The GOP's new plan of attack against Hillary Clinton, assuming she runs for president in 2016: Go after her age. A New York Times article revealed the strategy yesterday, with Karl Rove explaining the basic idea: "We're at the end of [Clinton's] generation and ... it's time for another to step forward." But over at the Daily Beast, Michael Tomasky scoffs at the idea. While the strategy is not without its valid points (Clinton would turn 70 nine months into her hypothetical presidency), the bottom line is that young voters are never going to be sold on the idea that the Republican Party is the "with it" party—no matter how young the Republican candidate is.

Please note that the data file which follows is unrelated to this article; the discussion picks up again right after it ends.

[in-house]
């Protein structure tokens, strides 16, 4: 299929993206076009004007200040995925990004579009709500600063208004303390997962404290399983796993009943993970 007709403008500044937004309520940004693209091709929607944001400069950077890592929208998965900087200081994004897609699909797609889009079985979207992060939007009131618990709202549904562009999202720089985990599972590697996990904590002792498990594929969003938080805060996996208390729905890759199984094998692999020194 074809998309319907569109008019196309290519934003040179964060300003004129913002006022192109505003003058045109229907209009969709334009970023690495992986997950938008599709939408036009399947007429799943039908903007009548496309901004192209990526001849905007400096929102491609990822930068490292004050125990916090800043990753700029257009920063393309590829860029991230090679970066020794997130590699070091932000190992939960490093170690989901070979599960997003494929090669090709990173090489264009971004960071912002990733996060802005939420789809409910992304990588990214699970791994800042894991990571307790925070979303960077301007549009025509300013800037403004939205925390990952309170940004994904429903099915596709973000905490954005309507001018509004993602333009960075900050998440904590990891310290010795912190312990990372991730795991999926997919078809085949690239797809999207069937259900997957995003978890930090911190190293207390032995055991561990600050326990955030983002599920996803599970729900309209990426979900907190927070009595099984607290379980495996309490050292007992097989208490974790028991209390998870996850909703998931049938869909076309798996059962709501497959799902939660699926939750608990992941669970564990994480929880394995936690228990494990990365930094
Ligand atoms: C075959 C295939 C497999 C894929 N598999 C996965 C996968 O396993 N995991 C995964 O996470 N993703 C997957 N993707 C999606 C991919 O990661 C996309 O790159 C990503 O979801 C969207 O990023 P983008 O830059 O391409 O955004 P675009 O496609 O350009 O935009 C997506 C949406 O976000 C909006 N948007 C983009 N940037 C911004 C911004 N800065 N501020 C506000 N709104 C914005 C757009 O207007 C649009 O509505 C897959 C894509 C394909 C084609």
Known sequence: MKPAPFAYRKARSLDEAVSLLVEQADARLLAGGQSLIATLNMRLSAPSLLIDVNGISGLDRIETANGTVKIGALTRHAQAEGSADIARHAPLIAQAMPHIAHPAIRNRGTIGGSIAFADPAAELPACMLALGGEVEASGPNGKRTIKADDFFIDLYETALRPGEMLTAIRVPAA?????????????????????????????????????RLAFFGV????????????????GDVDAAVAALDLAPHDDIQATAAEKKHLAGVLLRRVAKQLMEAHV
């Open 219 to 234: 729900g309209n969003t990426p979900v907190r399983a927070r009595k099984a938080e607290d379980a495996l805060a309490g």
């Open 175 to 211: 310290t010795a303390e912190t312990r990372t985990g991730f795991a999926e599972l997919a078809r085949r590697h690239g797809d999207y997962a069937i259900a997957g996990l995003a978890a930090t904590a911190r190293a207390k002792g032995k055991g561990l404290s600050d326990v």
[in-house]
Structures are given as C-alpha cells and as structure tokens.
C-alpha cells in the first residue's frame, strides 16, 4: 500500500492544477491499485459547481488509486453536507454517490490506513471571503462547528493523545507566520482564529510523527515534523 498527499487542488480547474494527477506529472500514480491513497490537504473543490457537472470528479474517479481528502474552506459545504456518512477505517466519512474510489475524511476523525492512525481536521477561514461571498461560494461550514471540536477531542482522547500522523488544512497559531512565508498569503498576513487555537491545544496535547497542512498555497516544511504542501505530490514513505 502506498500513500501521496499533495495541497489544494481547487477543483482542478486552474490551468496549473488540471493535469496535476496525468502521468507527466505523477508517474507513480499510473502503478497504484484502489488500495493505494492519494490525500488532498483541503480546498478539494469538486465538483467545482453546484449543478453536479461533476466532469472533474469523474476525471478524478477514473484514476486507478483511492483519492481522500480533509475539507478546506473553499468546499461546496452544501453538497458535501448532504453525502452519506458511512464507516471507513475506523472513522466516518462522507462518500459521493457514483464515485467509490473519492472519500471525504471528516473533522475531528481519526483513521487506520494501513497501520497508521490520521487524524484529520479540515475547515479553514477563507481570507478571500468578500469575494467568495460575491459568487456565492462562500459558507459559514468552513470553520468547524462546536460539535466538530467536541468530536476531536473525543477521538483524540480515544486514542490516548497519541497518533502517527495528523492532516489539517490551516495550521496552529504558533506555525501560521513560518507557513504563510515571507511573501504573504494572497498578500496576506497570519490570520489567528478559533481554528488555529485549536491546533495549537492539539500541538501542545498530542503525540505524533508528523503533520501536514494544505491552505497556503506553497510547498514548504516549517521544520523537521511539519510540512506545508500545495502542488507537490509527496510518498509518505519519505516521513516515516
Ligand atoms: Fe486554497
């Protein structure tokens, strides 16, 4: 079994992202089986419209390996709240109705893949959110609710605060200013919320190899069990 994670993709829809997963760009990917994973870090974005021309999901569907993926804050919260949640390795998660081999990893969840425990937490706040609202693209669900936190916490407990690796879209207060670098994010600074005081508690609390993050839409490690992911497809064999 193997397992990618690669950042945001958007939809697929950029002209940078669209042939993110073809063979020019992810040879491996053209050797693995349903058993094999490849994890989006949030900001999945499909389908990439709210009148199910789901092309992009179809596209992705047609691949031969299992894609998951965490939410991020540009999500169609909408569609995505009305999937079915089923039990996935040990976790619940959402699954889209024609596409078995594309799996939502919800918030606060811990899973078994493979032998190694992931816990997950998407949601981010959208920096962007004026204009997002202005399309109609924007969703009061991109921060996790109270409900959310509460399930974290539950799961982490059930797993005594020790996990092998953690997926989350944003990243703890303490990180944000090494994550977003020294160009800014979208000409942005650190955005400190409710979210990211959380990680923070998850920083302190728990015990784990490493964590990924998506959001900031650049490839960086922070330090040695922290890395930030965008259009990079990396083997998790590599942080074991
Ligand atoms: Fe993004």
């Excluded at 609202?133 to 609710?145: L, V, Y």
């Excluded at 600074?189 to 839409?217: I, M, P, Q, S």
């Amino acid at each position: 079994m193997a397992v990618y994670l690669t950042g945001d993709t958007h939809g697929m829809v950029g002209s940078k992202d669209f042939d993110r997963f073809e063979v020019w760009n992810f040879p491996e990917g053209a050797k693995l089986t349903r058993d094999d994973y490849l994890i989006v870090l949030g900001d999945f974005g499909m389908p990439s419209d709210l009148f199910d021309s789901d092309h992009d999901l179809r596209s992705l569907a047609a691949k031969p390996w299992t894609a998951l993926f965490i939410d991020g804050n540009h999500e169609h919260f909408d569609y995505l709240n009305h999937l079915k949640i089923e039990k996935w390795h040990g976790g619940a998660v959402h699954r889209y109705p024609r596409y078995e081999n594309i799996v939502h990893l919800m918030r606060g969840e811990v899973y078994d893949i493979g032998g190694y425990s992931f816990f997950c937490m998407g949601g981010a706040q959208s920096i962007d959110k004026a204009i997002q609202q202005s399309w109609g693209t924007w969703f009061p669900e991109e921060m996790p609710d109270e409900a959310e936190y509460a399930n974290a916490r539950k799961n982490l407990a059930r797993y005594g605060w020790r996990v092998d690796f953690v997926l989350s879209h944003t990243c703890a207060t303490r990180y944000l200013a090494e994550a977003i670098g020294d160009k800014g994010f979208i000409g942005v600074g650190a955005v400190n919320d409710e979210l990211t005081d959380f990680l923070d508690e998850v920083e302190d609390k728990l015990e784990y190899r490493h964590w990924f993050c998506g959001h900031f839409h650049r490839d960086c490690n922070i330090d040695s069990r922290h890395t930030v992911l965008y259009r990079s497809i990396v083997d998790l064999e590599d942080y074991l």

Clinton will, after all, be the candidate who supports gay marriage, a path to citizenship, lower student loan rates, and more issues young people care about—"and she’ll be the candidate of the party that is not the comfortable home to America’s bigots and racists," Tomasky writes. Yes, there will be age-related questions for her to answer, especially after her concussion last year. But ultimately, all Clinton needs to do is "be who she is"—that is, "our country’s most admired woman in 17 of the last 20 years." Republican attacks on her age will backfire, and if the GOP really wants to become "the forward-looking party of young people," it will need to consider some wildly unlikely policy changes. Click for Tomasky's full column.